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What could stand in the way of European plans to rely on its own defence industry?

Date: April 24, 2024.
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The European Union has been rapidly moving towards "war economy mode", guided by the 2-year experience of Russian aggression against Ukraine, which revealed all the weak points in the functioning of European defence systems.

The new European Defence Industrial Strategy is an ambitious document with high-set goals. It is the EU's reaction to both current deficiencies in shared defence capability and, more significantly, preparation for a highly conflictual future.

The European Commission, under the leadership of former German Defence Minister Ursula von der Leyen, adopted a strategy during the last weeks of its mandate, ahead of the European Parliament elections in early June.

Even though the strategy had been prepared over a long period, the timing of its adoption last March, right before the end of the mandate of the European Commission, means that a new set of European leaders will assume all the risks associated with the harmonisation and subsequent implementation of the Strategy.

Regardless of how severe those risks are and the possibility of member states redefining some significant provisions, the new Strategy has already established the path the EU intends to take in the next decade in terms of equipping its security systems.

Europe wants to buy its own weapons

There are 2 principal goals of the strategy: for EU member states to buy more weapons at home and to do it together.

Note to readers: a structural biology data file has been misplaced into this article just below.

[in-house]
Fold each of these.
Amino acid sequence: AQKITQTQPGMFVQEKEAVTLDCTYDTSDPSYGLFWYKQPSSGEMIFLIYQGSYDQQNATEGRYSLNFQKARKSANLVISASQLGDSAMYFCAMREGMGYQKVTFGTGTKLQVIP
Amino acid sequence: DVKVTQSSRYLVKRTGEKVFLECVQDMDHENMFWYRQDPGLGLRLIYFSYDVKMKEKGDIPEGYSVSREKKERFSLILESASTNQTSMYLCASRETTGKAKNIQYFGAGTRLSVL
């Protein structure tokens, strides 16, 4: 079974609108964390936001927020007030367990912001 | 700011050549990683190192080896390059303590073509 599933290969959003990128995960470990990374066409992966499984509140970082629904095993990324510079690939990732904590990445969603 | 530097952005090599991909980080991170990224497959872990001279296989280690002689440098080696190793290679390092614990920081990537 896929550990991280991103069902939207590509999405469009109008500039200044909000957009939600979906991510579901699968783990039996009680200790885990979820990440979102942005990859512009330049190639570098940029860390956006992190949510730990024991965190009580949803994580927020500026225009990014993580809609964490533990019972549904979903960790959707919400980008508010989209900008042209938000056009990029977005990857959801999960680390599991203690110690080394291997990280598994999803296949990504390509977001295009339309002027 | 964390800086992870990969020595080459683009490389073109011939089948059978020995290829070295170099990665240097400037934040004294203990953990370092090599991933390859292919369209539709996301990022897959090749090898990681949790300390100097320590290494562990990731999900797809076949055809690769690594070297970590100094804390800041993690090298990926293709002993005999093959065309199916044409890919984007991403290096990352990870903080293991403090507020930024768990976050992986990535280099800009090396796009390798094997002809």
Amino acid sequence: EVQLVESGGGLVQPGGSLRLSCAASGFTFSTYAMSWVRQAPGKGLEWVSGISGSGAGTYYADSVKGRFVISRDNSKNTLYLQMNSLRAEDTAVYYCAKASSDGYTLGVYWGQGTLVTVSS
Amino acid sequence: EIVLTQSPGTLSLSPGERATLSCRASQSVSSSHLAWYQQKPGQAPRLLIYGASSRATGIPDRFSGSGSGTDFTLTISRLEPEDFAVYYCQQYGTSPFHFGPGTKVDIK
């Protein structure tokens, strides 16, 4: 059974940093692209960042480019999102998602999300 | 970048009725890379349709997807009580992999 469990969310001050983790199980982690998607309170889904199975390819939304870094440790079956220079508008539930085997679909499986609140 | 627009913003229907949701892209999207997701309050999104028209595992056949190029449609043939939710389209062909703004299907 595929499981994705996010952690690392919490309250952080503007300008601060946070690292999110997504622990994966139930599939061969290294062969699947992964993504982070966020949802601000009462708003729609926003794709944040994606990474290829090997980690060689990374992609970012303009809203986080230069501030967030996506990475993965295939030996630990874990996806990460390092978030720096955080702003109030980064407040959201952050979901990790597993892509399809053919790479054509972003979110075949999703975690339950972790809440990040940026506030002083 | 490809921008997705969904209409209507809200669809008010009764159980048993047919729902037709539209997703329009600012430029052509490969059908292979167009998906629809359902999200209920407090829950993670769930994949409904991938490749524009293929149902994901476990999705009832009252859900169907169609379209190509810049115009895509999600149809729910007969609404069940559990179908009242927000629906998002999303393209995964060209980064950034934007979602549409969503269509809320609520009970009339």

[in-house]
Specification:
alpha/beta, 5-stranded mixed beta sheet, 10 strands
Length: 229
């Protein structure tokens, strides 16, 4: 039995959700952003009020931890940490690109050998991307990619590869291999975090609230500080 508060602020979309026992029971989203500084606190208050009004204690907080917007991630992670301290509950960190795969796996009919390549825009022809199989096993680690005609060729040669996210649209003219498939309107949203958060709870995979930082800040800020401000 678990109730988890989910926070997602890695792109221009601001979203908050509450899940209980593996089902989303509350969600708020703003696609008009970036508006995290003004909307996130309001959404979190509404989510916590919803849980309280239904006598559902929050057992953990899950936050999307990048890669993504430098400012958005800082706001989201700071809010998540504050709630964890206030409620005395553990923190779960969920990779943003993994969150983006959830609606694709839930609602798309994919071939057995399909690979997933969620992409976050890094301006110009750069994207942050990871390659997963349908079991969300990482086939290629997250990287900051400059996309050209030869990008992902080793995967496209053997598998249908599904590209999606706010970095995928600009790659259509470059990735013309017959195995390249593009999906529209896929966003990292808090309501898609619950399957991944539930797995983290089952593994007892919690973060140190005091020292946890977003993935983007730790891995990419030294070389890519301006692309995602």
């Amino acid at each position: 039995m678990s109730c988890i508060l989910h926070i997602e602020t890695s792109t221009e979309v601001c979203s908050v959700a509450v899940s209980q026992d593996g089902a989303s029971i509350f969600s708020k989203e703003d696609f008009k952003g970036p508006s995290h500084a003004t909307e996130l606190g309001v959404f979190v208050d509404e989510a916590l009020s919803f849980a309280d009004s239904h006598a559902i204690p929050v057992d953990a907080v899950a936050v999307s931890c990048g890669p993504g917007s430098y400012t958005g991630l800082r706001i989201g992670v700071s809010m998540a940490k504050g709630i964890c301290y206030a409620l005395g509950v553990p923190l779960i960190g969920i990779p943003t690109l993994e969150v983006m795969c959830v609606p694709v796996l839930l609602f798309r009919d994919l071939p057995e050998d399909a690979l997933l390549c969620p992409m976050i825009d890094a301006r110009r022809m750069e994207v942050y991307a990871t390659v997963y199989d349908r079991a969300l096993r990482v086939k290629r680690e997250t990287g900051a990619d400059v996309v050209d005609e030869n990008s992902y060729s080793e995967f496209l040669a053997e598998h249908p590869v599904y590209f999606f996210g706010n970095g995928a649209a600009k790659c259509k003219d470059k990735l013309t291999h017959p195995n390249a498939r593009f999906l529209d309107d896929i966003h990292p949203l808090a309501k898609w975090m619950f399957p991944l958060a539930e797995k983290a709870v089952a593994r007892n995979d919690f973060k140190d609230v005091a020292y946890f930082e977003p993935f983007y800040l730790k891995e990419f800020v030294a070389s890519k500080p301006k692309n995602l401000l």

Without a doubt, defence expenditures have been increasing in the EU, just like the rest of the world. With the new Strategy, the European Commission wants to reduce Europe's dependence on imports and encourage member states to cooperate more in equipping their armies.

The collective defence spending of the EU member states is record high

The collective defence spending of the EU member states is record high, about $295 billion in 2023, which is at the level of the Chinese defence budget for 2022, so the EU is the second-largest military spender globally.

Half of the EU's defence spending (about $140 billion) has been allocated to only the 3 largest member states: France, Germany, and Italy.

Therefore, in the process of final adoption of the new European Defence Industrial Strategy and possible modification of the plans presented by the European Commission, their influence will be the greatest.

French support

France has long been a strong advocate of strengthening the shared European defence industry complex.

"We must develop a genuinely European defence technological and industrial base in all interested countries and deploy fully sovereign equipment at the European level", French President Emmanuel Macron said in May last year.

As an economy that has now overtaken Russia as the second largest global arms exporter, France will be keen to see the new EU Defence Industrial Strategy succeed.

The new strategy of the EU defence industry has a strong political effect for Paris

French producers regarded it as a regulation providing a fresh opportunity given that it foresees EU member states spending at least half of their budgets on purchases within the EU by 2030 and 60% by 2035.